This is a guest post by Anand Srinivasan. Anand is the founder of Hubbion, a suite of free business apps and resources.
Struggling to make payroll? You are not alone. According to one study, nearly 82 percent of businesses in America fail because of cash flow issues. Ironically, the more successful a businesses is at selling products, the more likely it is to face cash flow issues.
Let us understand why. But before we get there, it is important to understand what cash flow is, and why it is significant. In layman terms, cash flow is essentially the money that is in your bank account after you subtract the money that goes out. For instance, if your customers have paid you $50,000 for all the products you have sold and you, in turn, pay your suppliers $30,000, you have $20,000 in your bank. You are thus cash flow positive by twenty grand.
But things are not this simple in the real world. When you are just starting out as a bootstrapped entrepreneur, you may purchase a limited quantity of products from the supplier and sell them to your customers for a profit. Your margins in this case are lower; even unsustainable. But if you have sufficient capital to tide over the period between buying from the supplier to selling to the customer (also called the working capital), then you are likely to end the transaction with a positive cash flow.
The challenge in the above example is making sure that you have enough working capital. But as your business grows, it no longer makes sense for your business to pay your suppliers for each procurement. The volume of purchases increase and businesses request their suppliers to invoice them at the end of each billing cycle. This makes accounting easier.
But customers do not pay immediately either. If you are selling your products to another business, then they tend to buy products from you on credit (similar to the arrangement you have with your supplier). If your supplier has a 45 days credit period and your customer promises to clear invoices within sixty days, then you are putting yourself in a position where you need to pay your supplier before you get money from your customer. Cash flow problems as these are not one-off and is a reason why so many businesses fail.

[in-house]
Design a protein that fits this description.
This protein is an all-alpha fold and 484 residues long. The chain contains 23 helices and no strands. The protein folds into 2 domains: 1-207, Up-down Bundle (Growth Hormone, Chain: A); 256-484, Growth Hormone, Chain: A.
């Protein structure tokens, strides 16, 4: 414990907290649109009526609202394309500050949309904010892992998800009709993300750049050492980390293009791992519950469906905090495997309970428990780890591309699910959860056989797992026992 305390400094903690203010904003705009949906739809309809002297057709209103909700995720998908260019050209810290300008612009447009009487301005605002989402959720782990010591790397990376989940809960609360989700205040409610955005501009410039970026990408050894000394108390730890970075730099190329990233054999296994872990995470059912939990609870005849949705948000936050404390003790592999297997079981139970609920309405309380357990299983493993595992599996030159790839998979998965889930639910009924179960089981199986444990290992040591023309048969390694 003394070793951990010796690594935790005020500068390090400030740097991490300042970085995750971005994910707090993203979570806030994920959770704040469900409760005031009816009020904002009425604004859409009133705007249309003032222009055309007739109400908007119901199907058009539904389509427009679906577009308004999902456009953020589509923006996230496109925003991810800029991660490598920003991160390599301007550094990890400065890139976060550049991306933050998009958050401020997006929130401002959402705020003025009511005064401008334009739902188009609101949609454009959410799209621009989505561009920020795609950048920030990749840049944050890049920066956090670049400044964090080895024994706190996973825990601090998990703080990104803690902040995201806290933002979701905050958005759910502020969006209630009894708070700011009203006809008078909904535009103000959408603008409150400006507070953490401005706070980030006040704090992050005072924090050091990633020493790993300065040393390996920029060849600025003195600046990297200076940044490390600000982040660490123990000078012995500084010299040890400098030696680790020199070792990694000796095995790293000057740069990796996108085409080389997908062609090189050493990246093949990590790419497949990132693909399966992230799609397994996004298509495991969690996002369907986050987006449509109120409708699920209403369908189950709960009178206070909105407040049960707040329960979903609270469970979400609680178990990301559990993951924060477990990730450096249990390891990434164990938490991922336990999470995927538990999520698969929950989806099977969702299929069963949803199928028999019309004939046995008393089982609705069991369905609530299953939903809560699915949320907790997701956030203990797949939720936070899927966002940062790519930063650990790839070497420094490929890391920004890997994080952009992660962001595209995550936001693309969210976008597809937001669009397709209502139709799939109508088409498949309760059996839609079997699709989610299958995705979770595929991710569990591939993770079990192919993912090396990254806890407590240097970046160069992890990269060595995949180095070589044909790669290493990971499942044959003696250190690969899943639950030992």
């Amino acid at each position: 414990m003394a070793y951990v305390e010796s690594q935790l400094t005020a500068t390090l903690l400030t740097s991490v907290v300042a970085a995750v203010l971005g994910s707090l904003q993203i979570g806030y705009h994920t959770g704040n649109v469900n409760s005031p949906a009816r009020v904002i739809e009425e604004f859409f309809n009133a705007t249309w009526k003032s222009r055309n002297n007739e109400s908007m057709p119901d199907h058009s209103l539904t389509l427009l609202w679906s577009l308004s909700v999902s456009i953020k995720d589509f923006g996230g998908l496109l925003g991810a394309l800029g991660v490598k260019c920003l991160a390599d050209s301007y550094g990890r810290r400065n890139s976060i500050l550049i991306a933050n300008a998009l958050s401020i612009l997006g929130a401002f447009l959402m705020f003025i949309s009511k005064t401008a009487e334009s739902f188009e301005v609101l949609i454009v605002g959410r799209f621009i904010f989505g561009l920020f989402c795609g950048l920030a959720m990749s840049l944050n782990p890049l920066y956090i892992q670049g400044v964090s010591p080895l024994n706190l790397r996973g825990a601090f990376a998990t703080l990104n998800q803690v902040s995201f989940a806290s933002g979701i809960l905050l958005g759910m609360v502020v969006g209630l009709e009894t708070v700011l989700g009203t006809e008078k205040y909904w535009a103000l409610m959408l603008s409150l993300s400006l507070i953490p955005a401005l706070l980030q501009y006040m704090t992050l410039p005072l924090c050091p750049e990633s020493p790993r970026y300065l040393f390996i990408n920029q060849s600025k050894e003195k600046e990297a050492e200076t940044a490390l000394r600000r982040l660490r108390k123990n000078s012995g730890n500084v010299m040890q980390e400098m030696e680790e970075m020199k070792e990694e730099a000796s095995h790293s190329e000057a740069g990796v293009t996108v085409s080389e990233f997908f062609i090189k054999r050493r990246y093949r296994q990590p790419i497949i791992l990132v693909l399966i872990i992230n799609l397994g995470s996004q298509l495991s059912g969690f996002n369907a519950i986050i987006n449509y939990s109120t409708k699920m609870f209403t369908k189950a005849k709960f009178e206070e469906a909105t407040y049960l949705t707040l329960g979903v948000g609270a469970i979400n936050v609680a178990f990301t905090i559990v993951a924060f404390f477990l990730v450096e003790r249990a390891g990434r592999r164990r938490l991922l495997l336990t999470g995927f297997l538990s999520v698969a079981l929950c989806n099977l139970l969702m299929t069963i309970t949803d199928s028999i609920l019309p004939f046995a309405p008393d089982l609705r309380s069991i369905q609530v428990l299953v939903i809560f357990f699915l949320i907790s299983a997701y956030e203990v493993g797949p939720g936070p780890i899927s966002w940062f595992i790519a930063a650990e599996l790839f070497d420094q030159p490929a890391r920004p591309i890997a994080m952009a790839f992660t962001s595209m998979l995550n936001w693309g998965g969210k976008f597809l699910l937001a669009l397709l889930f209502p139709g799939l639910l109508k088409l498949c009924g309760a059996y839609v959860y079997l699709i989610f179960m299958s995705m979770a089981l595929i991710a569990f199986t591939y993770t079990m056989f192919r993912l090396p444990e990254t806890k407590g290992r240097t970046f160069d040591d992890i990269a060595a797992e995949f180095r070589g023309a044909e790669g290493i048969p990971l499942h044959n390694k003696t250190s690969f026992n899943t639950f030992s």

Things get more complex in the eCommerce world. For one, chargeback is a big issue for online payments. According to one study, nearly 8 in 10 customers tend to file for chargebacks with their bank even before they exhaust all other options for dealing with the seller. In other words, your customers may refuse to pay for a product for simple reasons like the product not working as desired or them not requiring your product any more.
Also, unlike in the real world, your customer does not get to ‘touch and feel’ your product before they pay for it. Not surprisingly then, the number of returns and replacement requests are significantly higher online. As a seller, you are responsible for handling the logistics - such issues can cause a significant dent to your cash flow.
Let us take a look at few ways an eCommerce seller can overcome the cash flow issues in their business.